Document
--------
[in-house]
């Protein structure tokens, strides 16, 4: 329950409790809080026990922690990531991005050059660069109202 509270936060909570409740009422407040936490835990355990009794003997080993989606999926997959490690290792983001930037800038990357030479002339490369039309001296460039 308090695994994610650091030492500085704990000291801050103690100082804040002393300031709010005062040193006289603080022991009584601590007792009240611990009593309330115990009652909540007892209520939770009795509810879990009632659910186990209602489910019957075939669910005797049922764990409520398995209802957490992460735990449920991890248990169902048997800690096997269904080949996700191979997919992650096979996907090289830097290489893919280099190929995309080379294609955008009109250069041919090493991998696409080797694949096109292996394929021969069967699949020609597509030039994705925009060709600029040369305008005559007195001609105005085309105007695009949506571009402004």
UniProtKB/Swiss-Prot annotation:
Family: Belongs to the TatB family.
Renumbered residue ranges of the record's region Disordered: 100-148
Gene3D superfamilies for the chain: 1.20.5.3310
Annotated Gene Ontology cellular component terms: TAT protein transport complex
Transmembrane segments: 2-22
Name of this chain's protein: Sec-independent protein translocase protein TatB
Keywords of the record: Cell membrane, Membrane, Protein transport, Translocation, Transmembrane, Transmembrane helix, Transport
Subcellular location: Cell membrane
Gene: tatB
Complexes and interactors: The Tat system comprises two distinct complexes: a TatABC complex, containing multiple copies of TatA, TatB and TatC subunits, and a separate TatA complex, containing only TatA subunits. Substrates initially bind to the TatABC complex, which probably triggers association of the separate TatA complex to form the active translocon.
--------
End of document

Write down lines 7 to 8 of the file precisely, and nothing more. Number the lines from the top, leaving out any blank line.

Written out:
Annotated Gene Ontology cellular component terms: TAT protein transport complex
Transmembrane segments: 2-22